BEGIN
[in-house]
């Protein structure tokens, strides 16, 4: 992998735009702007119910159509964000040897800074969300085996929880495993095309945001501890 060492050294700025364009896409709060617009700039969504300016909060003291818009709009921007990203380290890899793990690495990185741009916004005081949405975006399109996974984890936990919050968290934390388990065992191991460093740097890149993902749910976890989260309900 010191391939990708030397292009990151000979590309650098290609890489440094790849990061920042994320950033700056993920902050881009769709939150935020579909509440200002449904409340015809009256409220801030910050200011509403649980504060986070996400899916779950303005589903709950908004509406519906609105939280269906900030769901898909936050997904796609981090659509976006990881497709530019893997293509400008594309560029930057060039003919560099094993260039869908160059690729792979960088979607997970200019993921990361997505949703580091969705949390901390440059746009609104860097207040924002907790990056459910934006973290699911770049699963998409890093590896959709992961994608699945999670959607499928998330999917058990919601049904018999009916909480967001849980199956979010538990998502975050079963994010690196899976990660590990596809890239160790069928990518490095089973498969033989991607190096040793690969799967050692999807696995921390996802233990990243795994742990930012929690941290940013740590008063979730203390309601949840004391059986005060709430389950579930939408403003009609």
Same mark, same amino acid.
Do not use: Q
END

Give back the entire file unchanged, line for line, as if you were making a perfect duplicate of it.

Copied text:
[in-house]
């Protein structure tokens, strides 16, 4: 992998735009702007119910159509964000040897800074969300085996929880495993095309945001501890 060492050294700025364009896409709060617009700039969504300016909060003291818009709009921007990203380290890899793990690495990185741009916004005081949405975006399109996974984890936990919050968290934390388990065992191991460093740097890149993902749910976890989260309900 010191391939990708030397292009990151000979590309650098290609890489440094790849990061920042994320950033700056993920902050881009769709939150935020579909509440200002449904409340015809009256409220801030910050200011509403649980504060986070996400899916779950303005589903709950908004509406519906609105939280269906900030769901898909936050997904796609981090659509976006990881497709530019893997293509400008594309560029930057060039003919560099094993260039869908160059690729792979960088979607997970200019993921990361997505949703580091969705949390901390440059746009609104860097207040924002907790990056459910934006973290699911770049699963998409890093590896959709992961994608699945999670959607499928998330999917058990919601049904018999009916909480967001849980199956979010538990998502975050079963994010690196899976990660590990596809890239160790069928990518490095089973498969033989991607190096040793690969799967050692999807696995921390996802233990990243795994742990930012929690941290940013740590008063979730203390309601949840004391059986005060709430389950579930939408403003009609």
Same mark, same amino acid.
Do not use: Q